Who knew planning a wedding was stressful and time-consuming? Well, I found that out last week, which is why my posts seem farther and farther apart. We are getting down to crunch time until the “big day” (less than three weeks), so I have been doing some much needed arrangements. Let me tell you, picking out the music has been the hardest part.
All the personal stuff aside, last week I realized I wasn’t reading as fast or as often as I had been before. If you check my blog often, or even just once last week, you would have seen that I was reading Kitchen Confidential by Anthony Bourdain. I thought I was going to really like the book, since I enjoy his T.V. show, and it was supposed to contain some useful advice for dining out. However, this couldn’t have been further from the truth.
I remembered partway in that I find Bourdain rather pretentious. This theory was only reinforced by the book. Not only that, but it was BORING. He gives “advice” for those who want to look like they cook like a chef, but his thoughts are outdated (garnish with a sprig of parsley!) and pompous (most people have butter in their house, but according to him, only real chefs do). He repeats himself, and I had only read a few chapters.
So this lead me to ponder: when do you give up on a book? I have heard a couple of different theories. One is that you make it to 50 pages, and if you still have no interest, drop it. Another interesting one is that you take the number 100 and subtract your age. Read that many pages, and if you feel nothing, let it go. Ok, so I had to read either 50 or 74 pages. I did one better and read about 90.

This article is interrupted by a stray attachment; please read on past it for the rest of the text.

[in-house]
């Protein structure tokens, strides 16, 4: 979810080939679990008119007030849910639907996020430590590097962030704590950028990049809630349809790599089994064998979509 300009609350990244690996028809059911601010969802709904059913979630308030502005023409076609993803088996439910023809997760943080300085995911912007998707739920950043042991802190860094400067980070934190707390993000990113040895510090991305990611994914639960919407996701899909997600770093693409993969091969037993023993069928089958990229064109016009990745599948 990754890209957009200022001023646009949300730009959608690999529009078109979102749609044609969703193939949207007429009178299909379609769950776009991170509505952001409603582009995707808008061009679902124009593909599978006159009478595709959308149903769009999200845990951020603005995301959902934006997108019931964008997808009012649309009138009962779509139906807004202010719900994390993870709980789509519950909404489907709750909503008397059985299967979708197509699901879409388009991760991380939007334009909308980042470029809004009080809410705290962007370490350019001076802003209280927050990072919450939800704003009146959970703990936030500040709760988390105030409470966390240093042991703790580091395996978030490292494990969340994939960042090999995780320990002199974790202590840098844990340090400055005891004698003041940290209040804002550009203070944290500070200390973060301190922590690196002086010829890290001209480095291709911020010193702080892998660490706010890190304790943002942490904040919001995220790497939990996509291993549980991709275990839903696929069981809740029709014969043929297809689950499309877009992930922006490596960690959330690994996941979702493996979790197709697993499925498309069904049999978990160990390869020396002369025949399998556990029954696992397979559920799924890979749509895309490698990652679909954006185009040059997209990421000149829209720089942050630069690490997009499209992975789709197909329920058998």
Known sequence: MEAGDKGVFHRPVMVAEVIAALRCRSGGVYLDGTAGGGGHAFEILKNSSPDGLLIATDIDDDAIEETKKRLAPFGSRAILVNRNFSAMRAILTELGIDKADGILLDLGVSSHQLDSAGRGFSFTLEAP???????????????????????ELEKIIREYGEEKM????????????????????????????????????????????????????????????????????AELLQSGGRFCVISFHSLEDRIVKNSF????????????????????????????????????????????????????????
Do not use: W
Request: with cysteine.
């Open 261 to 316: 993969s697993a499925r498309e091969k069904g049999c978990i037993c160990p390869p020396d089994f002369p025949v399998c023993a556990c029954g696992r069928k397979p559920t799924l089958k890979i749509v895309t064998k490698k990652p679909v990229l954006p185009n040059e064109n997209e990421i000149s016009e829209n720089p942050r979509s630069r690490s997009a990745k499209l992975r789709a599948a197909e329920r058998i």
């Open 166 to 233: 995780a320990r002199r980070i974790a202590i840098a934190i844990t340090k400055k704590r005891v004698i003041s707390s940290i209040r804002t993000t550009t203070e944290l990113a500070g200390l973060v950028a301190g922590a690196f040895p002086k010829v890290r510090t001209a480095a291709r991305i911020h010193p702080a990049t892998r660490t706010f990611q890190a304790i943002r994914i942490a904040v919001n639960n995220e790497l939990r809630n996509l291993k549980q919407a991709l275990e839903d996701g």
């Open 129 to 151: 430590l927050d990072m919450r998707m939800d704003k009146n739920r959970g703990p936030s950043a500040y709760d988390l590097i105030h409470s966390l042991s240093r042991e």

I could not bring myself to finish the book. I finished 4 Blondes, why not this one? I think there are a lot of reasons. I discovered I no longer liked Anthony Bourdain as a person. In a fictional novel, the feelings about the author are rarely involved. In an “auto-biographical” novel, that’s really all there is. He has an attitude toward non-chefs, and from the beginning of the book comes off as having an “I am better than the reader” demeanor.
I thought I would really like all of the behind-the-scenes information he gives about dining out at restaurants. There is the ever popular “don’t eat fish on Mondays,” which I will say James and I have followed ever since he read this book (by the way, he never finished it either). After reading the actual chapter about this, it made me feel like it didn’t really pertain to me. We don’t live in New York, although we visit often. I am sure there are some ideas that carry over to the D.C. area, but I felt like some of his comments were more for the shock factor than anything else.
I am not a huge fan of non-fiction. I have read some really good non-fiction novels, but if given the chance, I would choose a fiction novel any day. I sat there looking at all of the other books I had to read on my shelves, and I questioned why I was wasting my time. Technically, I never bought the book, James did, so doesn’t that mean it shouldn’t really count toward the large number that I am requiring myself to read? I admit that seems like a cop out, but at the end of the day, reading is for pleasure, and this book gave me none of it.
So, I put it back on the shelf for now. I can honestly say that I don’t think I have any intentions of picking it up again. I have moved on to a classic, Catcher in the Rye by J.D. Salinger. I am ashamed to say that I have never read it. Although, a few chapters in, it already makes me ask this question: if the book had been written today, would it still be as popular?
I have also been listening to The Host by Stephanie Meyer audiobook in my car. It’s… interesting. Twlight meets Aliens. That review will be coming in the near future, since I only have about 4 discs left. I will apologize in advance for any lengthy gaps in posts. With the wedding so close we have a lot to do!
I am curious, do you have any “rules” for when to put a book down and move on?